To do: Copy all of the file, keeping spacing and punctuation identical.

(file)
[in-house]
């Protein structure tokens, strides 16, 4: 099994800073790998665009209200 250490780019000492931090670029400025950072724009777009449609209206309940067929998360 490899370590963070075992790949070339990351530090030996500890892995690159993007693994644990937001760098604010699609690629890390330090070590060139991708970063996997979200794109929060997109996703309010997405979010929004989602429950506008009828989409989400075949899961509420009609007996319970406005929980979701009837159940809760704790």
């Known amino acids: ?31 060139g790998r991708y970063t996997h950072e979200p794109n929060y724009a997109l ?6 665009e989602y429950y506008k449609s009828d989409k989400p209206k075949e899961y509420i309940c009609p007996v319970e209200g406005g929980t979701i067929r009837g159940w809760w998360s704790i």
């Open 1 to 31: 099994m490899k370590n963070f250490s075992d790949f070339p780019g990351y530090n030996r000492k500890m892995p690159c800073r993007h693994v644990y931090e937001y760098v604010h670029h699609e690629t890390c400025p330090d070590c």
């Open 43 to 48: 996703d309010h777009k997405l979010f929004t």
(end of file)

[in-house]
């Protein structure tokens, strides 16, 4: 099994800073790998665009209200 250490780019000492931090670029400025950072724009777009449609209206309940067929998360 490899370590963070075992790949070339990351530090030996500890892995690159993007693994644990937001760098604010699609690629890390330090070590060139991708970063996997979200794109929060997109996703309010997405979010929004989602429950506008009828989409989400075949899961509420009609007996319970406005929980979701009837159940809760704790």
């Known amino acids: ?31 060139g790998r991708y970063t996997h950072e979200p794109n929060y724009a997109l ?6 665009e989602y429950y506008k449609s009828d989409k989400p209206k075949e899961y509420i309940c009609p007996v319970e209200g406005g929980t979701i067929r009837g159940w809760w998360s704790i």
């Open 1 to 31: 099994m490899k370590n963070f250490s075992d790949f070339p780019g990351y530090n030996r000492k500890m892995p690159c800073r993007h693994v644990y931090e937001y760098v604010h670029h699609e690629t890390c400025p330090d070590c």
């Open 43 to 48: 996703d309010h777009k997405l979010f929004t």